It’s rather unfortunate that Chavez’s message has been rather misinterpreted by some readers. The message is not “Westerners are discriminated against in Japan just like African-Americans and Muslims in the U.S.” That would be a daft thing to say.
Instead, the author is clearly asking people to use their experience of being a minority in Japan to reflect on prejudice back home and gain a little bit more empathy and awareness about prejudice everywhere.
Perhaps a more threatening, but more relevant, question to think about is not whether Westerners in Japan can have special access to the feelings and experiences of ethnic minorities in their own country, but whether back home they, or their friends or family, have displayed or expressed the kind of prejudiced behavior there that they dislike here?
Ever made a comment about Mexicans or Hispanic immigrants? Ever joked about Irish being drunks? Said something about how “blacks need to sort themselves out” over crime? About Asian-American parenting? About Poles in the United Kingdom or Lebanese in Australia? About white people’s coldness or innate racism? Ever made a joke about what Chinese eat?
Have any of your relatives disapproved of the partner of another relative who’s from the “wrong” ethnic group? Have you or friends made fun of or expressed frustration with someone’s inability to speak good English in America/Australia/U.K., etc.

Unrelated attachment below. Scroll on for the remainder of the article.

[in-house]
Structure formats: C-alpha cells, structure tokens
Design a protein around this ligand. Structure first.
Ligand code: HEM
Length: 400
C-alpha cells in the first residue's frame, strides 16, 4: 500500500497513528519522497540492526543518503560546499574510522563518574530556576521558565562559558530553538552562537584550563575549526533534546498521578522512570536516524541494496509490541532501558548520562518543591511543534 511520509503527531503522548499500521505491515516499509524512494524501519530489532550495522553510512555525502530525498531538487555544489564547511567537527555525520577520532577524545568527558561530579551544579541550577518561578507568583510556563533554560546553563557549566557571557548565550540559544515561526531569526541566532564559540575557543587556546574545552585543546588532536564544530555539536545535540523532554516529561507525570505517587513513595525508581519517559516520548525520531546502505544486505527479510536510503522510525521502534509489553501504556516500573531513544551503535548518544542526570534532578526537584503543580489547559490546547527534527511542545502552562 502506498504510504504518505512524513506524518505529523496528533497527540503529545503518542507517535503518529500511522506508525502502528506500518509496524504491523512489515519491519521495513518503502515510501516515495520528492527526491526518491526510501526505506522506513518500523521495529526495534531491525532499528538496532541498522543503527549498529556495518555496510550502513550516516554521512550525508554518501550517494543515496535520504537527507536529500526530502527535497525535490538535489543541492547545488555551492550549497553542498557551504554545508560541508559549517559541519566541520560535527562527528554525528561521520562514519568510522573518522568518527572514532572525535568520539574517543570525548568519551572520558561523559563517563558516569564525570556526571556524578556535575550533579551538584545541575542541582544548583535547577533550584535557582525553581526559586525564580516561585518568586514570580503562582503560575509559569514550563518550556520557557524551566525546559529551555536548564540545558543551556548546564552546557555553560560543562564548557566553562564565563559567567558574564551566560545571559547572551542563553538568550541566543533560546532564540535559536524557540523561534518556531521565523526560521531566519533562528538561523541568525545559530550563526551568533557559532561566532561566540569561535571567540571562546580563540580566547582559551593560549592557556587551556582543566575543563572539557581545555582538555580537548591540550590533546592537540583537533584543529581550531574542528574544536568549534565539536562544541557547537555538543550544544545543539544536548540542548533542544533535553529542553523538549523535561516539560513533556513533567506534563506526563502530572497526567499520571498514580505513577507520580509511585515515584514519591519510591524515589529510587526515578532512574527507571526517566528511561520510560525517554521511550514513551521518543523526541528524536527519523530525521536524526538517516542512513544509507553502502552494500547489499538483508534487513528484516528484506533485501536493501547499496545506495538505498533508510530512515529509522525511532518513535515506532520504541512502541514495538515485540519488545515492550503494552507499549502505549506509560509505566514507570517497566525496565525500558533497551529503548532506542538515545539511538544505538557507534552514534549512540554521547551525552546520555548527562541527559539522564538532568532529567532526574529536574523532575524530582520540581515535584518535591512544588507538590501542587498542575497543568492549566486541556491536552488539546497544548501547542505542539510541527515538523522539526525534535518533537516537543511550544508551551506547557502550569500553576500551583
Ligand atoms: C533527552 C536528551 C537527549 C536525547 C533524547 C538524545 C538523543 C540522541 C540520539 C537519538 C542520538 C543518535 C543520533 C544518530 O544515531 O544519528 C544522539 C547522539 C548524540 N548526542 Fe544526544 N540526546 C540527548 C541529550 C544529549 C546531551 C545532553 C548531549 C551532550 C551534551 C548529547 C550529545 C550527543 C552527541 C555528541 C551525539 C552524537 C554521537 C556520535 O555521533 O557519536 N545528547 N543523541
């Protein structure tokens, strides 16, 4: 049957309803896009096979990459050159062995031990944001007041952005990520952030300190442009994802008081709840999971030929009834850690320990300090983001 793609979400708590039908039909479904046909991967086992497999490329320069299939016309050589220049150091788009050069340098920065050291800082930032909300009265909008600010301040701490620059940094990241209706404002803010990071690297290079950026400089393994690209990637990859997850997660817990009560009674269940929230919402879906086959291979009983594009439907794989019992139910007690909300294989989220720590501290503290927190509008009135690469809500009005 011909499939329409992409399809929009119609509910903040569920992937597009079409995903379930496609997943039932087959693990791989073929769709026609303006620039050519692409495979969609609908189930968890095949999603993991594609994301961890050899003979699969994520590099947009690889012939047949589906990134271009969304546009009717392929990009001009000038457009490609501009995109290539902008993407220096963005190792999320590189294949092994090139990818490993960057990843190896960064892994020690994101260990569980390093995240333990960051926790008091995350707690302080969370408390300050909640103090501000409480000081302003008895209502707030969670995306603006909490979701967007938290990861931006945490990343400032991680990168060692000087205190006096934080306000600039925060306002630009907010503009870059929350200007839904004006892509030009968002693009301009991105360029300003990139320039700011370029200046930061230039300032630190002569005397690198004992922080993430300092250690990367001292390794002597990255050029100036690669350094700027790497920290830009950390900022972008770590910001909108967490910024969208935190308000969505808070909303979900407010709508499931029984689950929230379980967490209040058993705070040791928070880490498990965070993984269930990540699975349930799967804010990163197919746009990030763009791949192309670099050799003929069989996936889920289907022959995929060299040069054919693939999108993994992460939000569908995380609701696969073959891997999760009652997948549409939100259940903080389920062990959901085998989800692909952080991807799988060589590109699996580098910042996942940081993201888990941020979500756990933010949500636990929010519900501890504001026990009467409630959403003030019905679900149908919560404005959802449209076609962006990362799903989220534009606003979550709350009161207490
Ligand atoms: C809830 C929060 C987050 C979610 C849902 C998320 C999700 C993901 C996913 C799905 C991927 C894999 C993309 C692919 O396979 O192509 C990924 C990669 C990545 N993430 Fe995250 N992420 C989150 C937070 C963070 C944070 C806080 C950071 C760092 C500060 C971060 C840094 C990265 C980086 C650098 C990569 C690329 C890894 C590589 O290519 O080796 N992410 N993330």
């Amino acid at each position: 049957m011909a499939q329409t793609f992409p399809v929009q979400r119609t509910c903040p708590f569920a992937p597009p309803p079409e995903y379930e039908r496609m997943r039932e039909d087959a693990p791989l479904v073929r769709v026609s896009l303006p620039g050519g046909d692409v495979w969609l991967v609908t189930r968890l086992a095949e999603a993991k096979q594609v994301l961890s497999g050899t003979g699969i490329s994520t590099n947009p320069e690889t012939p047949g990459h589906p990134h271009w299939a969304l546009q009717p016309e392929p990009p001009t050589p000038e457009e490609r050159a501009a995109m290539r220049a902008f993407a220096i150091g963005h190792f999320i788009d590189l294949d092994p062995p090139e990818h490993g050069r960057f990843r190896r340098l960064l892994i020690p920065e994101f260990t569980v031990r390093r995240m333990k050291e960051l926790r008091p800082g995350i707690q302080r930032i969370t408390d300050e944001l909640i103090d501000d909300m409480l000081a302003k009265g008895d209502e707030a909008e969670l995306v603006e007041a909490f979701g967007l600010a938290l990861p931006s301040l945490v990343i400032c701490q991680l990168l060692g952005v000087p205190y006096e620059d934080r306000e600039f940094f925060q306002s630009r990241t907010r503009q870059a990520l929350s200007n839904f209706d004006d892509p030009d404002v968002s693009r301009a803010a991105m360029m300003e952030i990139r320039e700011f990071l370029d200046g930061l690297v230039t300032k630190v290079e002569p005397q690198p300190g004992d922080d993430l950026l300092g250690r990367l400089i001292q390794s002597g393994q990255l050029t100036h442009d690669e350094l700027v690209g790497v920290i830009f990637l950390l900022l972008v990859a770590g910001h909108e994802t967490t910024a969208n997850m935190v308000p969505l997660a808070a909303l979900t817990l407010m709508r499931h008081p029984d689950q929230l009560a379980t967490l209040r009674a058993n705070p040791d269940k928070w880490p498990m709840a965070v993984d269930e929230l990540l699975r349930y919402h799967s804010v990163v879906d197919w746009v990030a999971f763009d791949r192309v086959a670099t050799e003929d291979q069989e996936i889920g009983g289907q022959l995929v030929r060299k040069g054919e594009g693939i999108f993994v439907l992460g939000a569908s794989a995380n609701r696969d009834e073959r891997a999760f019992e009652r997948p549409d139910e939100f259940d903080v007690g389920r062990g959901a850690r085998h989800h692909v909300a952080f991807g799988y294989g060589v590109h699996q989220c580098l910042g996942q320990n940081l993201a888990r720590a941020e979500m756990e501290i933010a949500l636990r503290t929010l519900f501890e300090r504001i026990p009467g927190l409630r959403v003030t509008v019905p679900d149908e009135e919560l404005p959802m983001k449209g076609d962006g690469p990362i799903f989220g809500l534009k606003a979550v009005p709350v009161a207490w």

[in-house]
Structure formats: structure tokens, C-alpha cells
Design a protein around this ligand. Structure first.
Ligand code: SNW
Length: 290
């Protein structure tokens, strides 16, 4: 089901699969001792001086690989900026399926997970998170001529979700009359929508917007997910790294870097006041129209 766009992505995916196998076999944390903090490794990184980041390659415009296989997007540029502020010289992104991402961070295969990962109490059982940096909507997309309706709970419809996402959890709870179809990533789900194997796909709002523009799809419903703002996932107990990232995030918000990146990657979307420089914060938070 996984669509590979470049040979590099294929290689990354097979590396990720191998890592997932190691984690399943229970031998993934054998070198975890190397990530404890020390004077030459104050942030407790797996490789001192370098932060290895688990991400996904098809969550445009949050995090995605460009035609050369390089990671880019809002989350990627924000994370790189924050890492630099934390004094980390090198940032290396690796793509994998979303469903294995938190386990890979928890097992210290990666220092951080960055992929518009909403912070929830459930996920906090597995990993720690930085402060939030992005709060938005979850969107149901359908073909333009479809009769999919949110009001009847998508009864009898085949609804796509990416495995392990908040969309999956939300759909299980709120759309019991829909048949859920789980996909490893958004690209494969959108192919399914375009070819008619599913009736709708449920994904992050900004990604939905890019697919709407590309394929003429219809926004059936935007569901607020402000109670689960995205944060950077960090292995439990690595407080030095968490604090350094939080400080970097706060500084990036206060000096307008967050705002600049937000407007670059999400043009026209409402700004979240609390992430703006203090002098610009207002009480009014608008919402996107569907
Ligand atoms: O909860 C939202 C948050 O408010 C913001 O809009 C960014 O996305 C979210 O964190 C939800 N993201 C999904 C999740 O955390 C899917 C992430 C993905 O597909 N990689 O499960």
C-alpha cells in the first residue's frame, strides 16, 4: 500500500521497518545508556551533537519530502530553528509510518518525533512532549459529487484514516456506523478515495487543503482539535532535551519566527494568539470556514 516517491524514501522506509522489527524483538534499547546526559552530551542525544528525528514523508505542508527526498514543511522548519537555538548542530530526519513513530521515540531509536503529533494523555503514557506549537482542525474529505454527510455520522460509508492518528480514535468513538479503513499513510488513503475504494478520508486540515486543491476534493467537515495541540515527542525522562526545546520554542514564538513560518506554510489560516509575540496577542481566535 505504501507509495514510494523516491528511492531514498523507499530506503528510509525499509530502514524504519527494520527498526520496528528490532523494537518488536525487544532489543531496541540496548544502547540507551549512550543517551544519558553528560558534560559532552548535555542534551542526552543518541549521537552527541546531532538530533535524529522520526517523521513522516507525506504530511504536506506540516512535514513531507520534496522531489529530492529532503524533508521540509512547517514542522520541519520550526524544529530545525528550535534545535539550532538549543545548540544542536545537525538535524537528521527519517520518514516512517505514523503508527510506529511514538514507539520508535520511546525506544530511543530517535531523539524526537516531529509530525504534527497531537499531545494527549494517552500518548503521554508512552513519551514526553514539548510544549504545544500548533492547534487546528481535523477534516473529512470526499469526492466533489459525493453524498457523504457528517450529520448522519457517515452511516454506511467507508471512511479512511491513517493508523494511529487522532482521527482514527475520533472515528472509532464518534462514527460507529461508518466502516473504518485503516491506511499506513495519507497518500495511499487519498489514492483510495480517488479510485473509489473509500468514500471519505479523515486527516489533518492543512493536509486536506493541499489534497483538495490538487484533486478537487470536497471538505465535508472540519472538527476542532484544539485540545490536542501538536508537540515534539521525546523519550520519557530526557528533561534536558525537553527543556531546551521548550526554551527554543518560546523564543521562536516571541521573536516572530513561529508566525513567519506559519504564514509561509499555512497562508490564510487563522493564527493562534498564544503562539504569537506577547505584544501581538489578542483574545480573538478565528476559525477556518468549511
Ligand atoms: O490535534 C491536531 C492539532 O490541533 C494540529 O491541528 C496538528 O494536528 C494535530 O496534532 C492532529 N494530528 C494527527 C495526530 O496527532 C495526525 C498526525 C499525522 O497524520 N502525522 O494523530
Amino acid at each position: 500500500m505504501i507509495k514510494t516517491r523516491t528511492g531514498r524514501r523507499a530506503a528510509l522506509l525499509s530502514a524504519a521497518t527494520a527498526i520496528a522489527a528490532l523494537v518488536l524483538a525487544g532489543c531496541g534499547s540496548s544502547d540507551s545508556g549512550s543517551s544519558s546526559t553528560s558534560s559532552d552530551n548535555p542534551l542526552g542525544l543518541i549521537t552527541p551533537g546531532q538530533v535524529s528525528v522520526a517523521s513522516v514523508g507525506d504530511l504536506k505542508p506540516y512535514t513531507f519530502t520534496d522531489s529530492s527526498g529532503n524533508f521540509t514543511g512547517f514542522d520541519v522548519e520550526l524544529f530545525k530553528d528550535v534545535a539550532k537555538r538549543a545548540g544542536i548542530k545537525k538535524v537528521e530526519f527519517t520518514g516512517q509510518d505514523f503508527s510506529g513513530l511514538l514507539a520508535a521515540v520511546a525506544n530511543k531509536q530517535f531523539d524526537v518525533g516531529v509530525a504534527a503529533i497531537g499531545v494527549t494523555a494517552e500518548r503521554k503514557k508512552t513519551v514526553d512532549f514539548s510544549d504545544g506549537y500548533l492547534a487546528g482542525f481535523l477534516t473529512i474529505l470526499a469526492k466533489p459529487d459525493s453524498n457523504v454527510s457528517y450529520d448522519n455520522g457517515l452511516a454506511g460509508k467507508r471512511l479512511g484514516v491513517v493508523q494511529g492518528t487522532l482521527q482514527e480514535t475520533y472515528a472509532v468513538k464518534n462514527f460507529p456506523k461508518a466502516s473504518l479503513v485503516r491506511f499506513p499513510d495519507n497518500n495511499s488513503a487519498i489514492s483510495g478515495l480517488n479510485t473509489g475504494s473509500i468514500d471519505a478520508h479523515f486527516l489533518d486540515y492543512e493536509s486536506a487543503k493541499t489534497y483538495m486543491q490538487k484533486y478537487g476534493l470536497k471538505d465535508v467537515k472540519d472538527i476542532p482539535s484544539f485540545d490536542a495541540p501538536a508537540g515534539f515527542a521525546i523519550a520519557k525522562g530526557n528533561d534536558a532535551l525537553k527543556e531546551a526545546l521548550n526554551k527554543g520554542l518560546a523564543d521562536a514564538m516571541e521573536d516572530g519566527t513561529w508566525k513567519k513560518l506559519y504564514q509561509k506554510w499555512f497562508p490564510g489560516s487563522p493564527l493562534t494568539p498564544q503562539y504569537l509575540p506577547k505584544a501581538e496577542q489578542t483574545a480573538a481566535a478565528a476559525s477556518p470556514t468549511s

Have you or anyone you know ever decided to avoid going through a certain area of town because the ethnic makeup makes you nervous? Ever slagged off the French? Joked about Jews controlling Hollywood? Ever wondered out loud “what is wrong with these Muslims?”
Have you done any of these things yet … feel like saying it’s different when the Japanese do it? In fact, have you ever sat around and just b—ched about “The Japanese”?
The point here is not to make light of racism in Japan, but to raise awareness of how it exists everywhere and, particularly for those of us who grew up as the majority ethnic group in our countries of origin (including Japanese in Japan), raise awareness of the contrast between how we too often don’t notice it, or give it a free pass, or downplay its significance when our group is doing it.
The opinions expressed in this letter to the editor are the writer’s own and do not necessarily reflect the policies of The Japan Times.
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